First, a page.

Wednesday, December 2, 2009

Newborns and BPA: Why it's more important than ever for pregnant women to avoid synthetic estrogens

A first of its kind study suggests babies are first exposed to a controversial, synthetic chemical, Bisphenol A while developing in the womb.

Independent tests paid for by a non-profit consumer advocacy group, the Environmental Working Group, found 9 out of 10 randomly selected newborns from around the country, had the synthetic estrogen, BPA, in their umbilical cord blood.

*EWG found up to 232 toxic chemicals in newborns

The controversial plastics-hardening chemical can be found in:

-Sippy cups

-Plastic polycarbonate bottles (avoid #7)

-Lining of canned food and soda cans (canned soup and pasta had highest levels)

-Infant formula cans (Enfamil had highest levels out of 20 popular brands tested by FDA/EWG)

-Dozens of household items including CDs

Click here to see how to cut down on your exposure to BPA

Click here to see how to lower your child's exposure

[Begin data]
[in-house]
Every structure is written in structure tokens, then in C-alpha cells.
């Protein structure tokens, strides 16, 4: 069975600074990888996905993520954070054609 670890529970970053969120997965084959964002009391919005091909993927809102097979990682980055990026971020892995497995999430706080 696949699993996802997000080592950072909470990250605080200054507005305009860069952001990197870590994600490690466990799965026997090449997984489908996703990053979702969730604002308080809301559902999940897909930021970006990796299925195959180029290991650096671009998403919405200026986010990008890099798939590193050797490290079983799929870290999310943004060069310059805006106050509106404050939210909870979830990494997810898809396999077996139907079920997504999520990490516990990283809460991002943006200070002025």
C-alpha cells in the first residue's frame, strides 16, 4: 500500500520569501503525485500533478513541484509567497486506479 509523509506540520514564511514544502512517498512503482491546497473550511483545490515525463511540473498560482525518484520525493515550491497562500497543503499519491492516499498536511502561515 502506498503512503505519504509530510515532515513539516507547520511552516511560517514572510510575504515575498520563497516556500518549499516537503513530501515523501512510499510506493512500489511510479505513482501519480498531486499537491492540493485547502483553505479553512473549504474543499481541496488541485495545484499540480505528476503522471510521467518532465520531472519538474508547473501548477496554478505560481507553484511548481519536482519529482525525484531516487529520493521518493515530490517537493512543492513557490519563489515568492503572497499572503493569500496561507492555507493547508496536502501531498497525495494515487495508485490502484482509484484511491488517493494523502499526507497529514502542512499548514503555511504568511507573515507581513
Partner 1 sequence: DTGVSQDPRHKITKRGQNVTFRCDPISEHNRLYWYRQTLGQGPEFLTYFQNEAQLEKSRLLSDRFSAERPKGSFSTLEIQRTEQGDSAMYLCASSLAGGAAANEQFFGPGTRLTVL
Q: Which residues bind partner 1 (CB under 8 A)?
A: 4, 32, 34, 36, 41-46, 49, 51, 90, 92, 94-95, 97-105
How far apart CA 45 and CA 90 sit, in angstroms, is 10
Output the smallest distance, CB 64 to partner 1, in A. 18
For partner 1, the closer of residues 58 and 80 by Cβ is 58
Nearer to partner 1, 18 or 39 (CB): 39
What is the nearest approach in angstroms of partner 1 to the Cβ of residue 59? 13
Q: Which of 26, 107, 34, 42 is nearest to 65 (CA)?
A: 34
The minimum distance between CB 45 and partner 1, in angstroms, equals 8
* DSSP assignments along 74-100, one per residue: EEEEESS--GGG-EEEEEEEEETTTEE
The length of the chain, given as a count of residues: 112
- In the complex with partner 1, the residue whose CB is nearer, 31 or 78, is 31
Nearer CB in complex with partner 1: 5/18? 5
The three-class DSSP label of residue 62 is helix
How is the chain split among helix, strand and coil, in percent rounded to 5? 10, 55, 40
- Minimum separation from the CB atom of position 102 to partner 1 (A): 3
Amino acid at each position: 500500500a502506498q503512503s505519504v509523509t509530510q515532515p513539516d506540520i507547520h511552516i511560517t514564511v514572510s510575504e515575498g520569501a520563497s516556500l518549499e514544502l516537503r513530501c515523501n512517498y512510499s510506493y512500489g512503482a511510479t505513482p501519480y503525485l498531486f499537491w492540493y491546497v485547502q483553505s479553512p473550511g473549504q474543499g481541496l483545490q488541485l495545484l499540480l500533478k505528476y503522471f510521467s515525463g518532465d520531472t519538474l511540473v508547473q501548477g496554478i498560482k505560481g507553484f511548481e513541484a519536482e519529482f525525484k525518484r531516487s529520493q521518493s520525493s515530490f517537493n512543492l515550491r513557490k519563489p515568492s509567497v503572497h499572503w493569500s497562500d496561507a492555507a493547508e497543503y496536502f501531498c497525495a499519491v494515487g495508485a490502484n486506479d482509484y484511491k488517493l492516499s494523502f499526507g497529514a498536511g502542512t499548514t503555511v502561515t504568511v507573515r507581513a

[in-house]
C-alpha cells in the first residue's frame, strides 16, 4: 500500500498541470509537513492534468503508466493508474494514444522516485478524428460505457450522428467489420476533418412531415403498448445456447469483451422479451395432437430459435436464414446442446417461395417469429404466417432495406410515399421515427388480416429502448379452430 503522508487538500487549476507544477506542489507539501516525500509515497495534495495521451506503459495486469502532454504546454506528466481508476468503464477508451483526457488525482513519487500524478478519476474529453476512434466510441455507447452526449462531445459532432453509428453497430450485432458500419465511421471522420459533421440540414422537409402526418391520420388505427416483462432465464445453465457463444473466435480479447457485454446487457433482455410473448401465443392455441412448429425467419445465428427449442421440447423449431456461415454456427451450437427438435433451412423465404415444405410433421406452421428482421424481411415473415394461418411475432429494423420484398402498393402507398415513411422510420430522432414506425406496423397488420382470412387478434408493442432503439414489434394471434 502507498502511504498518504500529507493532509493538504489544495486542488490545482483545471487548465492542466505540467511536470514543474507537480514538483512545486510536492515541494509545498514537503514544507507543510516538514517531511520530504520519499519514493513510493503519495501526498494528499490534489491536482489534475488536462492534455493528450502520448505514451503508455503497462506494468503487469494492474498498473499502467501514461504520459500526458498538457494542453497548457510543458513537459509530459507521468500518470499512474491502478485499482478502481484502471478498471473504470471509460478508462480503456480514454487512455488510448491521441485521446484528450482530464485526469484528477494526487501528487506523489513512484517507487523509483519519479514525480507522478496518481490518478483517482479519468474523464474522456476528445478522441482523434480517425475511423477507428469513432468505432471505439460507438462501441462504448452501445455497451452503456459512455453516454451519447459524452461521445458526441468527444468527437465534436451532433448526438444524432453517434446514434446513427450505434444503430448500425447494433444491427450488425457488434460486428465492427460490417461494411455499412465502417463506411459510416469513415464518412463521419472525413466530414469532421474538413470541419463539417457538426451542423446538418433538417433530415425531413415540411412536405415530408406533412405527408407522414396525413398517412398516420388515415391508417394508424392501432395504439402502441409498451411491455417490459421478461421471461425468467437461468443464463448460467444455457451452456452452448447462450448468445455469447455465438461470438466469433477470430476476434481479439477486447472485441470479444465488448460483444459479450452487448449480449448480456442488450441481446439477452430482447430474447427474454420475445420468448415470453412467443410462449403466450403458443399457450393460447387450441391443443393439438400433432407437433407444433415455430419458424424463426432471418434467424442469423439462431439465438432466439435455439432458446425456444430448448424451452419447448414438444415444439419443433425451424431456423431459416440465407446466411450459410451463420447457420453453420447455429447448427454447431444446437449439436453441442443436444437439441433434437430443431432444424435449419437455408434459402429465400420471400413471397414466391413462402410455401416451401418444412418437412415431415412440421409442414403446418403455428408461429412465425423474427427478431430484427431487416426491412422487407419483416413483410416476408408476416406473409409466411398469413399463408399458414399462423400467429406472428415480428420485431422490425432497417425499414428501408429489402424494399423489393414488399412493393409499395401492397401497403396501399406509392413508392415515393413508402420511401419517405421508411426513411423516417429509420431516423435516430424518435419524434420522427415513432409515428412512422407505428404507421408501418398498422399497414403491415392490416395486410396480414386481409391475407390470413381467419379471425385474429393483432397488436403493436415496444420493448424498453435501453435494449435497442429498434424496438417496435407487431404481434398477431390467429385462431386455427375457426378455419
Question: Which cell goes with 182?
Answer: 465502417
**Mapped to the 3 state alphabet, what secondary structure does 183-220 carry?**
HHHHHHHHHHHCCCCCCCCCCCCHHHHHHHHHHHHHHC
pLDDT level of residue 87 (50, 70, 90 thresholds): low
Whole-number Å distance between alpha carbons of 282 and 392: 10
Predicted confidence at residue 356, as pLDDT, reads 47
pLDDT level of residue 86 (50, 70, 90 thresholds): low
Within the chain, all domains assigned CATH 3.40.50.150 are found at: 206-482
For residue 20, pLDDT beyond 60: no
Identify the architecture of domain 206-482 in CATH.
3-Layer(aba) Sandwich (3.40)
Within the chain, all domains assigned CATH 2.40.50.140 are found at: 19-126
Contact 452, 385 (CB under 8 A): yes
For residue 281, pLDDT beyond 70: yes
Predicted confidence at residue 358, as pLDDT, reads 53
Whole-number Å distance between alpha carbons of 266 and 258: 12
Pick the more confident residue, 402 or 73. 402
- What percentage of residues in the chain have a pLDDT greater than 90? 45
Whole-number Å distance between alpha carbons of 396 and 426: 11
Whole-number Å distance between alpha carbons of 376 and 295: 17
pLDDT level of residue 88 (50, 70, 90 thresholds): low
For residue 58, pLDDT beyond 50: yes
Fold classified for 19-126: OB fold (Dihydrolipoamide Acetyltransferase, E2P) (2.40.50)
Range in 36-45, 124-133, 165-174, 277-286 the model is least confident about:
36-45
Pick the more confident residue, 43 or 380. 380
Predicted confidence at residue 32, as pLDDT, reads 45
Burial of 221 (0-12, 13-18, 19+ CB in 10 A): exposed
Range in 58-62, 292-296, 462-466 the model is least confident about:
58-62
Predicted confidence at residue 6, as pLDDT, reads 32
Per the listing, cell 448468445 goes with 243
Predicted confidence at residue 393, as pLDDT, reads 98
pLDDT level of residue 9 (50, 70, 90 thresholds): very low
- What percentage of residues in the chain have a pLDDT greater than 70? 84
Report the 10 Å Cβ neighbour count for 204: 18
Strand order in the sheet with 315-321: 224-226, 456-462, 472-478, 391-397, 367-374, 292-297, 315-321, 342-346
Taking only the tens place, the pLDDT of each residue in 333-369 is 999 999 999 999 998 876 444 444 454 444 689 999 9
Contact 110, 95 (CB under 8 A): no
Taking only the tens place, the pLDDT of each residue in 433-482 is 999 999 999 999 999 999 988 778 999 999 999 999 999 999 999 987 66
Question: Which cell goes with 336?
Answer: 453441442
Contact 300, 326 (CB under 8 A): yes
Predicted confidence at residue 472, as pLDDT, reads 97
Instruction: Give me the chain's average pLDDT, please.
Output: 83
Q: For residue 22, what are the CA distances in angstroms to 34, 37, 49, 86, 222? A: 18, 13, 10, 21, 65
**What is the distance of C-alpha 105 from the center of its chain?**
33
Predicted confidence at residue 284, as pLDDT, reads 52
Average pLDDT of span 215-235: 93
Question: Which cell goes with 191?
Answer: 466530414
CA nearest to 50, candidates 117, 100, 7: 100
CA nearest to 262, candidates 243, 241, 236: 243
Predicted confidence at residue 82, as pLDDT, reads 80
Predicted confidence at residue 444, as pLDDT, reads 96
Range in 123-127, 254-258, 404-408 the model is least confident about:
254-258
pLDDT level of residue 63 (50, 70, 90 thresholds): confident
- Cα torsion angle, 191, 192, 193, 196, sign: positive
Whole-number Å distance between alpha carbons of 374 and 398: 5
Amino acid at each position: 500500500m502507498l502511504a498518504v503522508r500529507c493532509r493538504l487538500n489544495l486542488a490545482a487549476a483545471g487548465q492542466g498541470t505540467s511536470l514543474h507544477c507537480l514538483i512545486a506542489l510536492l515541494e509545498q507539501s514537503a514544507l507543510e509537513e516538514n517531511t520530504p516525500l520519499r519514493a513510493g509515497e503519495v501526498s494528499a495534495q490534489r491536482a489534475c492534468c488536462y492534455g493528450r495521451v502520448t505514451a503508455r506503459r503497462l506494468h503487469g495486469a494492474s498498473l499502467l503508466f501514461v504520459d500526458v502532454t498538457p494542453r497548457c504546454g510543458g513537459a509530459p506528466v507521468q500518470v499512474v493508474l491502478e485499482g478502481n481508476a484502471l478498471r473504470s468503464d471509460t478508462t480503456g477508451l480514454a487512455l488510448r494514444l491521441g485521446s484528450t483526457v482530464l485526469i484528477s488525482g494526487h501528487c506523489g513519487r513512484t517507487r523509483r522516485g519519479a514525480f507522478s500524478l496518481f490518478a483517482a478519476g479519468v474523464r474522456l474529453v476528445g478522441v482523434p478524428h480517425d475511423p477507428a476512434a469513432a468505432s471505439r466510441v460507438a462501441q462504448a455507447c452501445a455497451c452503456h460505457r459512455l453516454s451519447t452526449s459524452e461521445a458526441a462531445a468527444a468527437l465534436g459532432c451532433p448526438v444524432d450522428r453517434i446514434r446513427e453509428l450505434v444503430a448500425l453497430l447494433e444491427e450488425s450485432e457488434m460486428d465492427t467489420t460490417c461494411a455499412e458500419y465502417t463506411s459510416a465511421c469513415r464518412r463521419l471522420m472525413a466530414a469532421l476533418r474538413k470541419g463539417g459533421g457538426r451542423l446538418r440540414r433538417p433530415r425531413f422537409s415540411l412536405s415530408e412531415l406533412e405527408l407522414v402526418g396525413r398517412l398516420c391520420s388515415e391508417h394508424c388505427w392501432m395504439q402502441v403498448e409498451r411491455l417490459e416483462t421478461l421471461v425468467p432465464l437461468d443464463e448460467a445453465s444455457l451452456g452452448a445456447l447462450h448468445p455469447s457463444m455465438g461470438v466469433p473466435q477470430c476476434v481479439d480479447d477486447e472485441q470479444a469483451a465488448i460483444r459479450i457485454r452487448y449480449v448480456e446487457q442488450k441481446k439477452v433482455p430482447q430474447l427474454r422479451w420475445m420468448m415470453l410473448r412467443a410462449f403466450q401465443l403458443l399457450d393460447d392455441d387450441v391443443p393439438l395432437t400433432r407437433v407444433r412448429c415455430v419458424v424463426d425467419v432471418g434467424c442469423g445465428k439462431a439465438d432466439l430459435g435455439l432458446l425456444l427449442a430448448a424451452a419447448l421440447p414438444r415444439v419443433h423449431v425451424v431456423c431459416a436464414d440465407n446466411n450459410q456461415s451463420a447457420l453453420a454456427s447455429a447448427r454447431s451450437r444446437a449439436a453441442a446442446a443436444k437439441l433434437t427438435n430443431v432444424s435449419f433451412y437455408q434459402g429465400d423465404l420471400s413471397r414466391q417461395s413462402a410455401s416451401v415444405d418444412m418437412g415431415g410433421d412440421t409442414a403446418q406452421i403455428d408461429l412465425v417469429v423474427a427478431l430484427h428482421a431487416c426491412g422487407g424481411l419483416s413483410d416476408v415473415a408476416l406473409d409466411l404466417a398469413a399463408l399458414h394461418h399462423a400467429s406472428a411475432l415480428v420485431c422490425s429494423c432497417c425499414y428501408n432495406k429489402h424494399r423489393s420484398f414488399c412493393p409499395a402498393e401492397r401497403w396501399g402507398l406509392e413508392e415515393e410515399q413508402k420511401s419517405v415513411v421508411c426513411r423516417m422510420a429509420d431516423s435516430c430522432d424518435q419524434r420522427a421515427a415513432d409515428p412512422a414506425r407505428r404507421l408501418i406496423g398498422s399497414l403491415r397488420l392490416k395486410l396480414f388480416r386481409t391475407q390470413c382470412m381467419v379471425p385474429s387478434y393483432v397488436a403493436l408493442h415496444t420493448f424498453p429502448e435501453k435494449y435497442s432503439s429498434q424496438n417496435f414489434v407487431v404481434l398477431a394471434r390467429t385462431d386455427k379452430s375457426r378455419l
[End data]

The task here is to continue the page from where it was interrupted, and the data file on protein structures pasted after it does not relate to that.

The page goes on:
BPA exposure has been linked to reproductive problems, cancer, obesity and neurological/behavioral issues.

In November, Consumers Union/Consumer Reports reported that children eating several servings of canned food could get enough BPA at levels that cause harm in animal studies.

Many groups including the American Medical Association, Consumer Reports and the Endocrine Society (14,000 medical researchers from 100 countries) are concerned that even low doses can cause problems. They want the government to lower our exposure. The FDA has maintained it is safe.

The move outraged critics who pointed out that the FDA came to that conclusion after reviewing only studies paid for by the chemical industry.

The FDA agreed to issue a new BPA evaluation November 30th 2009. I'll let you know as soon as it happens.

Meanwhile, EWG and others want congress to pass the Kid Safe Chemicals Act that would force chemical companies to prove their chemicals are safe BEFORE they are sold.

The chemical industry insists BPA is safe and
according to The Milwaukee Journal Sentinel has unleashed a massive public relations campaign.

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